Author 101 – Meet & Greet

The best part of yesterday was the chance to meet with the agents, publishers, coaches and packagers one-on-one. It was a kind of speed-dating setup, with the presenters at tables and us attendees in line to talk with them.

My current aim (besides finishing my 3rd draft of The Story Store), is to get an agent, so I just met with them. Turns out, one agent also represents a writer friend. Always a good sign.

Author101 update

imageThis is the agent & publisher panel. Later, we get to schmooze with them. As I thought, the presenters had good & useful tips, but wanted big bucks ($400 – $2400) to give you the whole package.

I am not going to cough up my hard-earned cash until I get The Story Store sold.

Author 101 University

imageI’m at a 3 day event, Author 101 University in LA at the Westin. I will post whatever might be of interest.

I admit to being cynical about these things. People usually just want to sell you stuff. Walking to the meeting room, I passed a dozen booths with people wanting to sell me stuff. But hope springs eternal (see Cub fans).

Rewriting, Part Three

The adage “If it ain’t on the page, it ain’t on the stage” (attributed to Fred Finkelhoffe), came to mind whilst working on my 3rd draft. I realized that while I know my main characters very well, their passions and motivations weren’t necessarily clear to the reader.

Also, my tendency not to put everything on the page, to want to make the reader work a little bit, might be, rather than clever, just obscure.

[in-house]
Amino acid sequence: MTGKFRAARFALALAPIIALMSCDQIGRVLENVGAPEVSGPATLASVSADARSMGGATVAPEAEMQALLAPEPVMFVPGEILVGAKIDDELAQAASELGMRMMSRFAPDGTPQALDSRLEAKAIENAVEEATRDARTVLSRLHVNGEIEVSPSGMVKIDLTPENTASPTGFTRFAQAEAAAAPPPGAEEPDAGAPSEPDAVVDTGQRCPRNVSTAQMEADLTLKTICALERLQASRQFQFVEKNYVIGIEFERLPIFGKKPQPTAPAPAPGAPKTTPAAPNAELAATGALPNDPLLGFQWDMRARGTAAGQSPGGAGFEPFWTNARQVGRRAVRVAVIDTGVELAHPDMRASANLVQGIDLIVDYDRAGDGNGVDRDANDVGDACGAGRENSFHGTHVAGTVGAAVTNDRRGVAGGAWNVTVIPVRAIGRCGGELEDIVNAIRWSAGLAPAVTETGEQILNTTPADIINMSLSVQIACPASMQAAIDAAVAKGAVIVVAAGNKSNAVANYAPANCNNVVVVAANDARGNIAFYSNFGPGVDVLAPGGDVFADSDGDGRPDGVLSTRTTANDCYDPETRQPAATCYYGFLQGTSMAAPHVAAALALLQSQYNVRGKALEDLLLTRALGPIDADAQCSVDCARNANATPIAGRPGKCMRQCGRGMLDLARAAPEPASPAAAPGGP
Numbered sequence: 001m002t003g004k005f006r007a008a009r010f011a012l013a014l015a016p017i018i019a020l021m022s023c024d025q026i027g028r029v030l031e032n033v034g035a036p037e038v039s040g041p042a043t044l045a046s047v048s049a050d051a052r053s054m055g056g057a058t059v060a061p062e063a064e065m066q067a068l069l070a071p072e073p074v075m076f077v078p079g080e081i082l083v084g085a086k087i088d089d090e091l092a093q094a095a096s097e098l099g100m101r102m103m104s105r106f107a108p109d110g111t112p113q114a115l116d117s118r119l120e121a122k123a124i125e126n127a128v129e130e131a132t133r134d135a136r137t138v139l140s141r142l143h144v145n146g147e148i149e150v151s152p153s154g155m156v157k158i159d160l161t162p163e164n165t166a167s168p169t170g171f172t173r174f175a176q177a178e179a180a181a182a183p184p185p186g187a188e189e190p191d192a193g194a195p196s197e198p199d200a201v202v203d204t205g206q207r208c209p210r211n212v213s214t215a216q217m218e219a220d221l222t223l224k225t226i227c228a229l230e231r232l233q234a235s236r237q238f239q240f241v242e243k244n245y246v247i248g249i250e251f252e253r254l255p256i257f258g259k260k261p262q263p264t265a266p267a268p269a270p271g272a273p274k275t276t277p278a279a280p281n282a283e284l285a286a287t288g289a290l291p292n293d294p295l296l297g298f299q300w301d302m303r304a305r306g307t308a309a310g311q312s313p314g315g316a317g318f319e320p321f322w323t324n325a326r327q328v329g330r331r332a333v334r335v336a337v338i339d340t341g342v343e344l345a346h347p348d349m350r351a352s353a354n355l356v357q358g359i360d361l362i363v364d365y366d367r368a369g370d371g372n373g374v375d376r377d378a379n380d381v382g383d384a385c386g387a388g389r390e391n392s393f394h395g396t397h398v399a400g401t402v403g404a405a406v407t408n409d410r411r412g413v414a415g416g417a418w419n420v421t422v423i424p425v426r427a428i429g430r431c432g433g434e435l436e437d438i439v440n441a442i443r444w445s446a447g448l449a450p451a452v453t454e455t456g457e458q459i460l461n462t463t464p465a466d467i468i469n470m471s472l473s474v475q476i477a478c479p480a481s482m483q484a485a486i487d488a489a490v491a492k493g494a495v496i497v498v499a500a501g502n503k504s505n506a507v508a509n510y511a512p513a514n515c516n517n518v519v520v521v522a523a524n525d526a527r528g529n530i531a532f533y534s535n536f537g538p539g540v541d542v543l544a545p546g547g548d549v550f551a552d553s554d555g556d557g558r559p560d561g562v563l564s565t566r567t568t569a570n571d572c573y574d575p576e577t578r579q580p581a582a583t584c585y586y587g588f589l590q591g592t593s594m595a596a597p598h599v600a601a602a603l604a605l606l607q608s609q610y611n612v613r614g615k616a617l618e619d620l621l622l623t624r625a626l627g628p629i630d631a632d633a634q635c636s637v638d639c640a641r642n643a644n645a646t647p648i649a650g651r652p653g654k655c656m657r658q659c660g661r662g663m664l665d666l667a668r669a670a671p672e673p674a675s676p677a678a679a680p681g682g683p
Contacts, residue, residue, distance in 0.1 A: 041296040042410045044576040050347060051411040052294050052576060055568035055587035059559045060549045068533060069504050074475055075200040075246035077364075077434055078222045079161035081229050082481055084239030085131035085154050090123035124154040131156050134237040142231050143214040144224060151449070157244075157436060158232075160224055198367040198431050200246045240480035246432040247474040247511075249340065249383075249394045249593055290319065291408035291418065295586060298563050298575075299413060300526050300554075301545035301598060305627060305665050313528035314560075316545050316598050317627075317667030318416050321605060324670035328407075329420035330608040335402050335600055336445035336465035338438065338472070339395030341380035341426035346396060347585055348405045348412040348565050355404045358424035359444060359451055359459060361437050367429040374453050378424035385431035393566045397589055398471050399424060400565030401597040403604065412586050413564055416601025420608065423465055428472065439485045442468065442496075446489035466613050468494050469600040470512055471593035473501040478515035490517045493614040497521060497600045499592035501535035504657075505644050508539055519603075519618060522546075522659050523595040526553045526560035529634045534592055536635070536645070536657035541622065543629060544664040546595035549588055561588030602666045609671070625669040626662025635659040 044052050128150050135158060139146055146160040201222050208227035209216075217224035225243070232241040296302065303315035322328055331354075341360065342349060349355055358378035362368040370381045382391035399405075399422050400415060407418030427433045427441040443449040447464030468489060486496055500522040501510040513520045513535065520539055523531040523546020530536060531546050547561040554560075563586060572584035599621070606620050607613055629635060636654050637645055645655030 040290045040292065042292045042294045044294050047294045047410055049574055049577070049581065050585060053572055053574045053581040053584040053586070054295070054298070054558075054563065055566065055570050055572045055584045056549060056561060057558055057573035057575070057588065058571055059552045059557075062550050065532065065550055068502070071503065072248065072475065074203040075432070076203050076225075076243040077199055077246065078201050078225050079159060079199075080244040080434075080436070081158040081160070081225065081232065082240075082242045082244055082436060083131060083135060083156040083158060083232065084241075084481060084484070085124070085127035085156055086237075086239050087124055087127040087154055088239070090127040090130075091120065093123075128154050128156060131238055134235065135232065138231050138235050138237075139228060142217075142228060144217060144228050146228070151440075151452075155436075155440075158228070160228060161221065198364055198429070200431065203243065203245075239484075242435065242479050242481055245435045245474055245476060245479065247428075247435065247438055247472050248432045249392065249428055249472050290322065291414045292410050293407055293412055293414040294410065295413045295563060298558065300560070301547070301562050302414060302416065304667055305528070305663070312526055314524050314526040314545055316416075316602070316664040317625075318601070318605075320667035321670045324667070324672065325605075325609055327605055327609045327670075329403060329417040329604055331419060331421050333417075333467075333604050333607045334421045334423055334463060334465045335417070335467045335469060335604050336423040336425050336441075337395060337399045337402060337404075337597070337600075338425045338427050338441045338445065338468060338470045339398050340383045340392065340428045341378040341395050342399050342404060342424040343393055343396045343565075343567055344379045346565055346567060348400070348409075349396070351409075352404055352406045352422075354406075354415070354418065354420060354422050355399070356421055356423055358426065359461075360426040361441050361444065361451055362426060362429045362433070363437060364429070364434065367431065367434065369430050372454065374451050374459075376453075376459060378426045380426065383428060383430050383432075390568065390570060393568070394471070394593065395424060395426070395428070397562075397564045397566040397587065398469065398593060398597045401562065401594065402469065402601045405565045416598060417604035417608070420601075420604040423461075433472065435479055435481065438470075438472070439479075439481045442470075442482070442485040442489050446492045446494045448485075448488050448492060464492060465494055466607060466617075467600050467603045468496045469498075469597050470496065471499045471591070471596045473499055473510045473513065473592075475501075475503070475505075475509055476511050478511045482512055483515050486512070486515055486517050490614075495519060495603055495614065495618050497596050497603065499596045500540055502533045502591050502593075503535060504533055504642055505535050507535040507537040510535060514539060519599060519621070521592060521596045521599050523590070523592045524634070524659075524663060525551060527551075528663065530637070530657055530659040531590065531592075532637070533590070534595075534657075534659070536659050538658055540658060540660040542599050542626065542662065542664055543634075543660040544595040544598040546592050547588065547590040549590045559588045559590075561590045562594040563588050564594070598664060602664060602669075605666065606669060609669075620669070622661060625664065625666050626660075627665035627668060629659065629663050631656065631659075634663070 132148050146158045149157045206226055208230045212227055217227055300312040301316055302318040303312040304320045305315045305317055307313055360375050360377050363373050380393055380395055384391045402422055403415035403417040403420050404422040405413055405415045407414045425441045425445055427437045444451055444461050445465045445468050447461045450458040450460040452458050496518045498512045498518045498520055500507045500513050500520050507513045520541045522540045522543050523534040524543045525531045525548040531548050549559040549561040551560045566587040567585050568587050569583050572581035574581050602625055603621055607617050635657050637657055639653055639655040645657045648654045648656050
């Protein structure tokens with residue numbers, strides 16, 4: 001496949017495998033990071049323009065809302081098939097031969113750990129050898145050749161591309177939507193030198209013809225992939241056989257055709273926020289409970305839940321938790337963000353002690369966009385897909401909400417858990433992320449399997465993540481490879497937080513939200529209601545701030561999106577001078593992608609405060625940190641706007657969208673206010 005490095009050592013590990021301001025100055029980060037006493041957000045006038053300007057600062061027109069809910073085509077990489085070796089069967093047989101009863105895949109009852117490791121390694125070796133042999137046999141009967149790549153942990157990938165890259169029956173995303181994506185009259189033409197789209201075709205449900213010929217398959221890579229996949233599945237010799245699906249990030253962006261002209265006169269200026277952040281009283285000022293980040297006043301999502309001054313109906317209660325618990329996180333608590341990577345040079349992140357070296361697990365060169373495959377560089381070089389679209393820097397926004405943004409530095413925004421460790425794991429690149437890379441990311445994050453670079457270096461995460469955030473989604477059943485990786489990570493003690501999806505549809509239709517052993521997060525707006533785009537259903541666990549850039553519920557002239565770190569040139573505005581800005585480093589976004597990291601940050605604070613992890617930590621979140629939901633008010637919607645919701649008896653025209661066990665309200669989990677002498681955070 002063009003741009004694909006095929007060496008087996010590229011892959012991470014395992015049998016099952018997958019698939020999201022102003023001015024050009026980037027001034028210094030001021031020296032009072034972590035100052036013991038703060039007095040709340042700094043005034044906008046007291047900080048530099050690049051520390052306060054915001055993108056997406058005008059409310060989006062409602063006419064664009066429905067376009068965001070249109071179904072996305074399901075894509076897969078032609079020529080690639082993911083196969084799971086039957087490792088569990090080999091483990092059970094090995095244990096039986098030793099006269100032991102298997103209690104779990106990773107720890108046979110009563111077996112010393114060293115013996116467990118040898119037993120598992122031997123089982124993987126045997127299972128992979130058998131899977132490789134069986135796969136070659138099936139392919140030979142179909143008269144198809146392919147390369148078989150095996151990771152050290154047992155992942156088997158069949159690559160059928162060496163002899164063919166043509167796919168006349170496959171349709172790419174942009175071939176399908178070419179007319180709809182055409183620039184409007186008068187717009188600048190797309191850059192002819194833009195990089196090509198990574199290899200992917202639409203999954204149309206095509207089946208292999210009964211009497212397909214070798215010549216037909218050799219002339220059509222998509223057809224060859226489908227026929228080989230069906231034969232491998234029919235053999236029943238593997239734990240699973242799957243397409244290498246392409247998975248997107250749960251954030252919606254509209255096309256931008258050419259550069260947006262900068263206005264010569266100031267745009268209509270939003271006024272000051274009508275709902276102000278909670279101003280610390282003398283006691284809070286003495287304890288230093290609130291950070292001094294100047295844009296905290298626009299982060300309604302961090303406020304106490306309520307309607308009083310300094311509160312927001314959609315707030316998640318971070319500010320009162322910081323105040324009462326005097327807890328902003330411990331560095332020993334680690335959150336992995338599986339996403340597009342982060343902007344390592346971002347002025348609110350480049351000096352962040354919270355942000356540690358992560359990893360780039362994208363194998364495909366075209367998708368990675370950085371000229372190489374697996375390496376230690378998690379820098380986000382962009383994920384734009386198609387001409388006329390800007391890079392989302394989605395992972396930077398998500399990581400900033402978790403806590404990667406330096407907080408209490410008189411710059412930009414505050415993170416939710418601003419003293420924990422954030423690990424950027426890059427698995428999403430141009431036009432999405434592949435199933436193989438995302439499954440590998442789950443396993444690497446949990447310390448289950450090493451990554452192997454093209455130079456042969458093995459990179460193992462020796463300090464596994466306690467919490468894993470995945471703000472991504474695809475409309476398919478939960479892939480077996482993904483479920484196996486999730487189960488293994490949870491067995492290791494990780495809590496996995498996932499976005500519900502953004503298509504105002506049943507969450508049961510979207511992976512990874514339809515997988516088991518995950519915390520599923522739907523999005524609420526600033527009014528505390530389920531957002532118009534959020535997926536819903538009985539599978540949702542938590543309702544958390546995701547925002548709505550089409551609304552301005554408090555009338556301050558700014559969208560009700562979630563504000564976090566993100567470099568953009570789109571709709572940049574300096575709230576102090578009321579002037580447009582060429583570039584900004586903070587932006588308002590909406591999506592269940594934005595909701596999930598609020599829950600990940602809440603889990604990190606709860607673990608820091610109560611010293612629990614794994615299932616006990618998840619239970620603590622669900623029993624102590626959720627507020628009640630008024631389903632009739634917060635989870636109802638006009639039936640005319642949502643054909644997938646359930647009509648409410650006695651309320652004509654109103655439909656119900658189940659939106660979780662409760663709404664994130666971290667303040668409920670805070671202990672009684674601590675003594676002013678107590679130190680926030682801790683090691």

People call that writing “too hip for the room.”

I am taking a step back from my characters, to ask questions like, “why is Sara such a wise ass?” “Where is Mr. Crumley coming from?”

I know where my characters begin and where they end up but I think some parts of how they get there, their “journey” to be all literary about it, is not clear.

Pressing onward…

Rewriting, Part Two… Less ‘Aaargh’

Two months? Really?

Yes. I was on vacation. And when I wasn’t on vacation, I was goofing off. Poor excuses, but the best I’ve got.

I finished the 2nd draft in mid-July, and put it aside for a while and did some writing on my next book or books, “Tommy Collins: One Lad’s Adventures.” More on that later.


The thing I’m just now finding out about rewriting is that, with the characters firmly in my head, I can make changes more easily. I touched on that in my previous post, but what other authors say is really true: I can hear Alex, Sara, Mr. Crumley and others speaking when I write.

A small example: in the earliest chapters, I had Alex say things like, “I think she was trying to smile.” But Alex, as I now understand him, doesn’t know (or even much care) what other people are trying to do. He only sees what they actually do, and how it affects him. When Sara’s face turns red, he remembers what he’s learned: a red face might mean she is angry, or embarrassed, or even exerting herself.

Only when she punches him hard on the side of his head can he figure it out.

Another example: Alex is only comfortable in a narrow range of experiences, things he’s done before, or knows how to do. Things he calls normal. But everything in his world is turned upside down. Nothing is normal. How does he keep from curling up into a fetal ball?

On a ride to somewhere new, Alex takes the trip via computer, mapping out his route, finding familiar landmarks and calling up images of the streets on the way.

With the story pretty much set, fixing the early events (that needed the most work) to flow into the later ones becomes easier, too. More on this next time.